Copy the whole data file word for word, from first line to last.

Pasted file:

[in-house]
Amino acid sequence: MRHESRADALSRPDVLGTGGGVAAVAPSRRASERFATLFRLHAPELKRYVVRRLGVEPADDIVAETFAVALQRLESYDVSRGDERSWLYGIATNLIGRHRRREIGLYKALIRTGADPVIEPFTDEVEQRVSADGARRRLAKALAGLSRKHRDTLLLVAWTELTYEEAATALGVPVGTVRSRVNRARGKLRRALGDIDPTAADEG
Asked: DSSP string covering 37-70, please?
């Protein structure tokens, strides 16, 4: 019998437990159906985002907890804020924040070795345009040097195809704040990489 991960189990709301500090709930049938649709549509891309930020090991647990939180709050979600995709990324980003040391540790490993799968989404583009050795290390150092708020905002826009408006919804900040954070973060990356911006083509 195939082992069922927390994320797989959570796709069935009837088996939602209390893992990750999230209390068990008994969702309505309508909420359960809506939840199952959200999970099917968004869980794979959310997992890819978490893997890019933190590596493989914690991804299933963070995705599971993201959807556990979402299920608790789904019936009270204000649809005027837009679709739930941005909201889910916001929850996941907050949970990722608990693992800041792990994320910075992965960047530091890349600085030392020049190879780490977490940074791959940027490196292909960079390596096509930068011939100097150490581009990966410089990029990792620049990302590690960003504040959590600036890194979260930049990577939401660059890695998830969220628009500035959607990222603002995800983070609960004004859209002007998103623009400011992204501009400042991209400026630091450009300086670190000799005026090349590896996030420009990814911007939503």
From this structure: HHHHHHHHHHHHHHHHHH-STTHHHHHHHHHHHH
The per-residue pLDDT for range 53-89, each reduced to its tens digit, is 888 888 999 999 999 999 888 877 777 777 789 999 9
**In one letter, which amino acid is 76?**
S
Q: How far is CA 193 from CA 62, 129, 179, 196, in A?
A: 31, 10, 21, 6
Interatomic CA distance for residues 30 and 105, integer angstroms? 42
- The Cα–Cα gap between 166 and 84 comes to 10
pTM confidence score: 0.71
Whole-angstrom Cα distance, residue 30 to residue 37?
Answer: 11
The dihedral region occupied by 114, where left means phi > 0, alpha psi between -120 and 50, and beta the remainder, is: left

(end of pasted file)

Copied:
[in-house]
Amino acid sequence: MRHESRADALSRPDVLGTGGGVAAVAPSRRASERFATLFRLHAPELKRYVVRRLGVEPADDIVAETFAVALQRLESYDVSRGDERSWLYGIATNLIGRHRRREIGLYKALIRTGADPVIEPFTDEVEQRVSADGARRRLAKALAGLSRKHRDTLLLVAWTELTYEEAATALGVPVGTVRSRVNRARGKLRRALGDIDPTAADEG
Asked: DSSP string covering 37-70, please?
């Protein structure tokens, strides 16, 4: 019998437990159906985002907890804020924040070795345009040097195809704040990489 991960189990709301500090709930049938649709549509891309930020090991647990939180709050979600995709990324980003040391540790490993799968989404583009050795290390150092708020905002826009408006919804900040954070973060990356911006083509 195939082992069922927390994320797989959570796709069935009837088996939602209390893992990750999230209390068990008994969702309505309508909420359960809506939840199952959200999970099917968004869980794979959310997992890819978490893997890019933190590596493989914690991804299933963070995705599971993201959807556990979402299920608790789904019936009270204000649809005027837009679709739930941005909201889910916001929850996941907050949970990722608990693992800041792990994320910075992965960047530091890349600085030392020049190879780490977490940074791959940027490196292909960079390596096509930068011939100097150490581009990966410089990029990792620049990302590690960003504040959590600036890194979260930049990577939401660059890695998830969220628009500035959607990222603002995800983070609960004004859209002007998103623009400011992204501009400042991209400026630091450009300086670190000799005026090349590896996030420009990814911007939503």
From this structure: HHHHHHHHHHHHHHHHHH-STTHHHHHHHHHHHH
The per-residue pLDDT for range 53-89, each reduced to its tens digit, is 888 888 999 999 999 999 888 877 777 777 789 999 9
**In one letter, which amino acid is 76?**
S
Q: How far is CA 193 from CA 62, 129, 179, 196, in A?
A: 31, 10, 21, 6
Interatomic CA distance for residues 30 and 105, integer angstroms? 42
- The Cα–Cα gap between 166 and 84 comes to 10
pTM confidence score: 0.71
Whole-angstrom Cα distance, residue 30 to residue 37?
Answer: 11
The dihedral region occupied by 114, where left means phi > 0, alpha psi between -120 and 50, and beta the remainder, is: left